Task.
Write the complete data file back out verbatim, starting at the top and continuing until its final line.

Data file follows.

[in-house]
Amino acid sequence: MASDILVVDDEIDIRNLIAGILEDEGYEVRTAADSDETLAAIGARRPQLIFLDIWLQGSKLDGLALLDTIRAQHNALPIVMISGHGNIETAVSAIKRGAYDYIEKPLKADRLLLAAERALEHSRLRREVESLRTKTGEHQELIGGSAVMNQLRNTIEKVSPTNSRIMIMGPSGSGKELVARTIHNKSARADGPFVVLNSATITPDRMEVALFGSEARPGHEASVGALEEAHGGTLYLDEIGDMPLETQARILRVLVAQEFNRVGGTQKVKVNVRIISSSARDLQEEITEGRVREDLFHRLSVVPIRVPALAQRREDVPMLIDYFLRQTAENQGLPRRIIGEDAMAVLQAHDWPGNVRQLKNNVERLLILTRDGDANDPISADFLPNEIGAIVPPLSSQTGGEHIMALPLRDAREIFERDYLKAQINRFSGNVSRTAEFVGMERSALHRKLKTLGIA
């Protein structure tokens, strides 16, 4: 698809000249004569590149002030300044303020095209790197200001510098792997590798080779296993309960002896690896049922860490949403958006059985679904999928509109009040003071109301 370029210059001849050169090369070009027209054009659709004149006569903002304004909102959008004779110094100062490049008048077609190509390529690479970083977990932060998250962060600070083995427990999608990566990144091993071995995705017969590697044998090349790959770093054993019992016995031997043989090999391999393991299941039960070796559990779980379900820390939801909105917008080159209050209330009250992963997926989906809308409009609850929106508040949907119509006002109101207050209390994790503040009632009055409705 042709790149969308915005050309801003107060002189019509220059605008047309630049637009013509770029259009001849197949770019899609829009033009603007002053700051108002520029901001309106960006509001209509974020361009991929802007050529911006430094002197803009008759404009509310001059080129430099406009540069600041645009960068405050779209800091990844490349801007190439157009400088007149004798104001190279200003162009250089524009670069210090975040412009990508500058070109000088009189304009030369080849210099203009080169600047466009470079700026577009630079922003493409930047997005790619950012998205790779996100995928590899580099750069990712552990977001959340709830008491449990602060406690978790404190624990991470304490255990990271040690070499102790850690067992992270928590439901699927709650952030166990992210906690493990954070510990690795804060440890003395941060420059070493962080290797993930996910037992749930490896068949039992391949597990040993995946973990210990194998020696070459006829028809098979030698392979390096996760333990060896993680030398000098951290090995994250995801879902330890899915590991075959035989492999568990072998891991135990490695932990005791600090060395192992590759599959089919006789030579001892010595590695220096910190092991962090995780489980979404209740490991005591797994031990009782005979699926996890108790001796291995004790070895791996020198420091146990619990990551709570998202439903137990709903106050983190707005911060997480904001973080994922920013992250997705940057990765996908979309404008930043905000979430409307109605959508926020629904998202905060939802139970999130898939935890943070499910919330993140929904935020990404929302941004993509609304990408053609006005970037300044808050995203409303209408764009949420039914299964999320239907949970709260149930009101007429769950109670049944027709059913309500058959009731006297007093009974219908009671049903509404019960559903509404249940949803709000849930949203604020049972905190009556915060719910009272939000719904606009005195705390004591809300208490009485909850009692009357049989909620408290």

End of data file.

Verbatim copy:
[in-house]
Amino acid sequence: MASDILVVDDEIDIRNLIAGILEDEGYEVRTAADSDETLAAIGARRPQLIFLDIWLQGSKLDGLALLDTIRAQHNALPIVMISGHGNIETAVSAIKRGAYDYIEKPLKADRLLLAAERALEHSRLRREVESLRTKTGEHQELIGGSAVMNQLRNTIEKVSPTNSRIMIMGPSGSGKELVARTIHNKSARADGPFVVLNSATITPDRMEVALFGSEARPGHEASVGALEEAHGGTLYLDEIGDMPLETQARILRVLVAQEFNRVGGTQKVKVNVRIISSSARDLQEEITEGRVREDLFHRLSVVPIRVPALAQRREDVPMLIDYFLRQTAENQGLPRRIIGEDAMAVLQAHDWPGNVRQLKNNVERLLILTRDGDANDPISADFLPNEIGAIVPPLSSQTGGEHIMALPLRDAREIFERDYLKAQINRFSGNVSRTAEFVGMERSALHRKLKTLGIA
């Protein structure tokens, strides 16, 4: 698809000249004569590149002030300044303020095209790197200001510098792997590798080779296993309960002896690896049922860490949403958006059985679904999928509109009040003071109301 370029210059001849050169090369070009027209054009659709004149006569903002304004909102959008004779110094100062490049008048077609190509390529690479970083977990932060998250962060600070083995427990999608990566990144091993071995995705017969590697044998090349790959770093054993019992016995031997043989090999391999393991299941039960070796559990779980379900820390939801909105917008080159209050209330009250992963997926989906809308409009609850929106508040949907119509006002109101207050209390994790503040009632009055409705 042709790149969308915005050309801003107060002189019509220059605008047309630049637009013509770029259009001849197949770019899609829009033009603007002053700051108002520029901001309106960006509001209509974020361009991929802007050529911006430094002197803009008759404009509310001059080129430099406009540069600041645009960068405050779209800091990844490349801007190439157009400088007149004798104001190279200003162009250089524009670069210090975040412009990508500058070109000088009189304009030369080849210099203009080169600047466009470079700026577009630079922003493409930047997005790619950012998205790779996100995928590899580099750069990712552990977001959340709830008491449990602060406690978790404190624990991470304490255990990271040690070499102790850690067992992270928590439901699927709650952030166990992210906690493990954070510990690795804060440890003395941060420059070493962080290797993930996910037992749930490896068949039992391949597990040993995946973990210990194998020696070459006829028809098979030698392979390096996760333990060896993680030398000098951290090995994250995801879902330890899915590991075959035989492999568990072998891991135990490695932990005791600090060395192992590759599959089919006789030579001892010595590695220096910190092991962090995780489980979404209740490991005591797994031990009782005979699926996890108790001796291995004790070895791996020198420091146990619990990551709570998202439903137990709903106050983190707005911060997480904001973080994922920013992250997705940057990765996908979309404008930043905000979430409307109605959508926020629904998202905060939802139970999130898939935890943070499910919330993140929904935020990404929302941004993509609304990408053609006005970037300044808050995203409303209408764009949420039914299964999320239907949970709260149930009101007429769950109670049944027709059913309500058959009731006297007093009974219908009671049903509404019960559903509404249940949803709000849930949203604020049972905190009556915060719910009272939000719904606009005195705390004591809300208490009485909850009692009357049989909620408290």